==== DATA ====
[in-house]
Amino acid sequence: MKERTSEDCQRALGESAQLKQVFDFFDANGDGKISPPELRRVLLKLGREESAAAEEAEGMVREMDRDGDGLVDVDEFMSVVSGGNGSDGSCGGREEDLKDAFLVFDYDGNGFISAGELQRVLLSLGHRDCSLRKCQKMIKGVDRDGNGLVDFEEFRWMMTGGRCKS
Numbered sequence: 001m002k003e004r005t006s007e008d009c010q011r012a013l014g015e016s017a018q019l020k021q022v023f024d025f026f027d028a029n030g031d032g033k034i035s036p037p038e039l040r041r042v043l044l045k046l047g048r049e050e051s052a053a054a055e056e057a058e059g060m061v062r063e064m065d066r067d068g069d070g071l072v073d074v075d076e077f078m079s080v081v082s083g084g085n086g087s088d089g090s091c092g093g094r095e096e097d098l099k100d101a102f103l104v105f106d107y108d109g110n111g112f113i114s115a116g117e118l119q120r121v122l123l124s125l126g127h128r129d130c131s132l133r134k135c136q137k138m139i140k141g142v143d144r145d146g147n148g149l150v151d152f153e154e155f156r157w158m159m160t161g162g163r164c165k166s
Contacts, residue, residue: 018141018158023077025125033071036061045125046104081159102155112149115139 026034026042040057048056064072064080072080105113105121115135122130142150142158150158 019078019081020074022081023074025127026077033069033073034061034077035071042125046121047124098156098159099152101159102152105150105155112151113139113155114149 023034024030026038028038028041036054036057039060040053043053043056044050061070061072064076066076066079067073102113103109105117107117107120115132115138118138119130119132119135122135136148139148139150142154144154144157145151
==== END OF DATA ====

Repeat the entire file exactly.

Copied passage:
[in-house]
Amino acid sequence: MKERTSEDCQRALGESAQLKQVFDFFDANGDGKISPPELRRVLLKLGREESAAAEEAEGMVREMDRDGDGLVDVDEFMSVVSGGNGSDGSCGGREEDLKDAFLVFDYDGNGFISAGELQRVLLSLGHRDCSLRKCQKMIKGVDRDGNGLVDFEEFRWMMTGGRCKS
Numbered sequence: 001m002k003e004r005t006s007e008d009c010q011r012a013l014g015e016s017a018q019l020k021q022v023f024d025f026f027d028a029n030g031d032g033k034i035s036p037p038e039l040r041r042v043l044l045k046l047g048r049e050e051s052a053a054a055e056e057a058e059g060m061v062r063e064m065d066r067d068g069d070g071l072v073d074v075d076e077f078m079s080v081v082s083g084g085n086g087s088d089g090s091c092g093g094r095e096e097d098l099k100d101a102f103l104v105f106d107y108d109g110n111g112f113i114s115a116g117e118l119q120r121v122l123l124s125l126g127h128r129d130c131s132l133r134k135c136q137k138m139i140k141g142v143d144r145d146g147n148g149l150v151d152f153e154e155f156r157w158m159m160t161g162g163r164c165k166s
Contacts, residue, residue: 018141018158023077025125033071036061045125046104081159102155112149115139 026034026042040057048056064072064080072080105113105121115135122130142150142158150158 019078019081020074022081023074025127026077033069033073034061034077035071042125046121047124098156098159099152101159102152105150105155112151113139113155114149 023034024030026038028038028041036054036057039060040053043053043056044050061070061072064076066076066079067073102113103109105117107117107120115132115138118138119130119132119135122135136148139148139150142154144154144157145151